Weekly Guide to Pregnancy: Week 20
How big is my baby?
Fetal size: (14-16cm 5.6-6.4 inches). Fetal weight: 315g (9 ounces).
Your baby's skin has now formed two layers - the epidermis (outer layers) and the dermis (deep skin tissue). From 20 weeks, your baby's skin starts to secrete vernix (a white pasty substance that protects your baby's skin from the amniotic fluid). The vernix will be present on your baby's skin at birth.
You have now reached the half way mark in your pregnancy!
What pregnancy symptoms will I be experiencing?
You might find that your vaginal discharge increases as your pregnancy progresses. This is normal. The discharge is usually quite thick and is white to yellow in colour. Wear looser cotton underwear, and use panty liners when necessary. If you develop an infection, you will know because your discharge will have an unpleasant smell, will be more yellow to green in colour and will cause irritation or itchiness. Make an appointment to see your health care practitioner if you think you may have an infection.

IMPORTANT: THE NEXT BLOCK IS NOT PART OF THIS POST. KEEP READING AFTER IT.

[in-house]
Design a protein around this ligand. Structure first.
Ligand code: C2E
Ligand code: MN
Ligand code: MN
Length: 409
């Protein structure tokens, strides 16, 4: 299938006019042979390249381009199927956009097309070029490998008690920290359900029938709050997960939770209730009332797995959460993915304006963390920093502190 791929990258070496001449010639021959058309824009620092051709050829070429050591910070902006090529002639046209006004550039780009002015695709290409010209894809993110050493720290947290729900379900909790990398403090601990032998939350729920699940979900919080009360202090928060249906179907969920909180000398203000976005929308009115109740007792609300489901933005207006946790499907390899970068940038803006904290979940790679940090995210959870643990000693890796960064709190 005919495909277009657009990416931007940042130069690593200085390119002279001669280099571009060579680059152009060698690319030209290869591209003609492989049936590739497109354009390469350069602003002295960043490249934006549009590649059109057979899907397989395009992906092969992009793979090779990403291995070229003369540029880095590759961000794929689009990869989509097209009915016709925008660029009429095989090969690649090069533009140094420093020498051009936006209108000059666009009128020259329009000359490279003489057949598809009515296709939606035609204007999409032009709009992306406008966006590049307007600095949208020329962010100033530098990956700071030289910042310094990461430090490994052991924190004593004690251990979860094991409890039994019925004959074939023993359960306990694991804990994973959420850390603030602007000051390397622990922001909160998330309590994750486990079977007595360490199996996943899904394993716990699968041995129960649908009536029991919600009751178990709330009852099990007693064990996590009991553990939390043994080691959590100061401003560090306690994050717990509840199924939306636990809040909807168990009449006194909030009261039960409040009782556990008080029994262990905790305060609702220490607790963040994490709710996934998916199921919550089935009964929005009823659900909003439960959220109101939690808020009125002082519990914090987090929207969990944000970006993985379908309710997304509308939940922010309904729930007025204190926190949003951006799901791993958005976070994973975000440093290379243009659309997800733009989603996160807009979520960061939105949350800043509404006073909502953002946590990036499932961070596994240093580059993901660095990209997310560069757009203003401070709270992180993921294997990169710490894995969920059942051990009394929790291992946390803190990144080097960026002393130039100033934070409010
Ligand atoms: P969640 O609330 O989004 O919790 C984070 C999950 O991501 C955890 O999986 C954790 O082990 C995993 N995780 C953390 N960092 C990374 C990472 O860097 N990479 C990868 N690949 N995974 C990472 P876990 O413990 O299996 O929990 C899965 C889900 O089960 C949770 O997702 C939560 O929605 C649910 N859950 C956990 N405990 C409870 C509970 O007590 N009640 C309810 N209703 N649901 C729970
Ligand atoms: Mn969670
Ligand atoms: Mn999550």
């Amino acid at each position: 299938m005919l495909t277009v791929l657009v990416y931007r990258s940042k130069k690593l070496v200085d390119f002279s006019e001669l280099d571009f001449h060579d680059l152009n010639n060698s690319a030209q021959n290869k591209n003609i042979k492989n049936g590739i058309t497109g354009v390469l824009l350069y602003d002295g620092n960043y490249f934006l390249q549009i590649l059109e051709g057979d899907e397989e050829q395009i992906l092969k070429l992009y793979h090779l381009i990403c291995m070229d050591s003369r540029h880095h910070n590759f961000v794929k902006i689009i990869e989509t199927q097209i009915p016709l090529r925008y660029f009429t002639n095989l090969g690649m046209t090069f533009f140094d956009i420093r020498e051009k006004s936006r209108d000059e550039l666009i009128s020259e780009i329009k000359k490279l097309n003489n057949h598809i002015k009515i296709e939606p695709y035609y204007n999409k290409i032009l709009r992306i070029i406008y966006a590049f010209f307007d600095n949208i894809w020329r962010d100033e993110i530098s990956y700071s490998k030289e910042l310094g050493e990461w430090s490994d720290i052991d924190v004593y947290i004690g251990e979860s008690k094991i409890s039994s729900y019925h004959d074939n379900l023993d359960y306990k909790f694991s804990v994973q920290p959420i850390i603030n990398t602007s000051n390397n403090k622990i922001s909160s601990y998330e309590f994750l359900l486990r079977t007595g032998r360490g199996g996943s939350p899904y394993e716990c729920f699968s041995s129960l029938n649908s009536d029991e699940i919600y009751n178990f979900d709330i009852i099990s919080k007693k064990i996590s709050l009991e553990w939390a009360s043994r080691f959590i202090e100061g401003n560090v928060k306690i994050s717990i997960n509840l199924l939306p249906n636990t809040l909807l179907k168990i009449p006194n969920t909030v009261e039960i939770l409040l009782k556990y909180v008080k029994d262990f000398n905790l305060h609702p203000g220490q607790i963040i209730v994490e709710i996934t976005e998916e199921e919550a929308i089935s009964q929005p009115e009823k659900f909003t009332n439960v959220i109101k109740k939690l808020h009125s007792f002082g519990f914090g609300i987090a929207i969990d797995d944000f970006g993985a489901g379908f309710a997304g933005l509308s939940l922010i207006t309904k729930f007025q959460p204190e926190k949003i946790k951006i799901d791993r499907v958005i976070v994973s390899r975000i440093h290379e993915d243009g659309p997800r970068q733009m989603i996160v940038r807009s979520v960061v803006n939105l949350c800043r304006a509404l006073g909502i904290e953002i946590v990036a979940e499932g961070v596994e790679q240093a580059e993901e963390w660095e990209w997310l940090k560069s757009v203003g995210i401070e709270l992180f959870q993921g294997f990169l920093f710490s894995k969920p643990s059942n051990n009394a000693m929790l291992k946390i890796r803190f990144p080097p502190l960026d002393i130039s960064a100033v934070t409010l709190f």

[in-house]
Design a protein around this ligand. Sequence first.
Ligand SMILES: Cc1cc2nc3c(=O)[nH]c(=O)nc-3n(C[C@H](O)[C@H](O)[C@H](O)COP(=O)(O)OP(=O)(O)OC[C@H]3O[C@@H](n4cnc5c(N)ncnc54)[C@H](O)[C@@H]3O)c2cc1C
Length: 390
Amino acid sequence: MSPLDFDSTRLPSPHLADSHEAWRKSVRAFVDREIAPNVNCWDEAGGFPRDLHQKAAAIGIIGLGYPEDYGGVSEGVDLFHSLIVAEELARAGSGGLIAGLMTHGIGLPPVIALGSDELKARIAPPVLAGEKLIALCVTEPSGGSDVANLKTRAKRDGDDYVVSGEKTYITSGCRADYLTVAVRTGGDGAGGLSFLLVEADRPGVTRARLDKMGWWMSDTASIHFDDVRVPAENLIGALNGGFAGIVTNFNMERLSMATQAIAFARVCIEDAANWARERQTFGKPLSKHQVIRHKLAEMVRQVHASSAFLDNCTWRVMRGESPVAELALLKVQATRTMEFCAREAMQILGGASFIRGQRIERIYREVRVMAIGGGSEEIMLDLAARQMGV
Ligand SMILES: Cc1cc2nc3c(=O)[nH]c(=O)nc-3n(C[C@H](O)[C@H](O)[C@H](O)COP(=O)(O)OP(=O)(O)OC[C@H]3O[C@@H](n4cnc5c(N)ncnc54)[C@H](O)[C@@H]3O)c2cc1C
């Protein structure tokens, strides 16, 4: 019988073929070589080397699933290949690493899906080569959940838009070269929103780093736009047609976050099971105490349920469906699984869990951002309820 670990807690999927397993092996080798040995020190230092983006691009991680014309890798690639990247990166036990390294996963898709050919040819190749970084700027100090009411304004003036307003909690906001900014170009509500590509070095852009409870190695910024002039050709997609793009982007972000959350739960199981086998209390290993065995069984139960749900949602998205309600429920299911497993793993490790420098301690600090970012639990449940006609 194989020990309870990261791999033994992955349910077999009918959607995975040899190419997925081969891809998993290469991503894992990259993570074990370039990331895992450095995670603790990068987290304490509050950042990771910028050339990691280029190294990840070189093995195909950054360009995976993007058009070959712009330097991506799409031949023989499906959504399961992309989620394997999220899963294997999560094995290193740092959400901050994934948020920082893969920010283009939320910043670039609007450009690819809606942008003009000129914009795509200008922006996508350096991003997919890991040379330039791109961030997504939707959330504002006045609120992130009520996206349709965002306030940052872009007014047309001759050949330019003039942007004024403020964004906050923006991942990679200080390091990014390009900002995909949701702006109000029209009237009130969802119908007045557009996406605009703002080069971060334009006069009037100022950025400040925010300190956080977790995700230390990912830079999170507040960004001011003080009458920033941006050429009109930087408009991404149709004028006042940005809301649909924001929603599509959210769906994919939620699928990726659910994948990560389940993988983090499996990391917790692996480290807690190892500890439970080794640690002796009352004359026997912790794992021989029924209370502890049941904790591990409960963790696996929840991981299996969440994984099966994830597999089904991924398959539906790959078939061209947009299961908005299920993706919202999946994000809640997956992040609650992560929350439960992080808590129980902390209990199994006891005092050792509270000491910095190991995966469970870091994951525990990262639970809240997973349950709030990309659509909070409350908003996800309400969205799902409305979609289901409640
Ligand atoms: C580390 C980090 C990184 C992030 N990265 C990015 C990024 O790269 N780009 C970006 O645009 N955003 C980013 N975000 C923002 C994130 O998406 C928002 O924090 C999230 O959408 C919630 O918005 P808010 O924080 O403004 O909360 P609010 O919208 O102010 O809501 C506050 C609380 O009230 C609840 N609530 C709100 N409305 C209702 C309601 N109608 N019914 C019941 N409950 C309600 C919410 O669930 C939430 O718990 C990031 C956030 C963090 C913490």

Sometimes illnesses or complications develop during pregnancy. Two of the most common illnesses during pregnancy include:
Pre-eclampsia - this is the most common major illness of pregnancy and most frequently develops in first pregnancies. It is diagnosed when there is an increase in a woman's "normal" blood pressure, protein in the urine and fluid retention. Blood tests are used to further diagnose and monitor the condition. If pre-eclampsia is suspected the mother and baby will be kept under very close medical supervision. Treatment in the early stages is complete bed rest. However if the condition is in its early stages, a lot of women will feel well and not be aware of any change. Regular antenatal visits are recommended in order to diagnose this condition early. If there is thought to be any risk to the baby or mother, labour will be induced.
Gestational Diabetes - this is the second most common illness in pregnancy and can be linked to your family background. It occurs when a woman's body can't make proper use of the sugar (carbohydrate) that is consumed in her diet. Sugar is used as an energy source for the mother and baby and is essential for healthy growth and development. If the body gets too much or too little, problems can occur. Some health care practitioners test for this condition at about Week 28 (or earlier if any other signs develop, such as sugar being detected in the urine). It is useful to know your medical history, for example, have any members of your family been diagnosed with diabetes or gestational diabetes?
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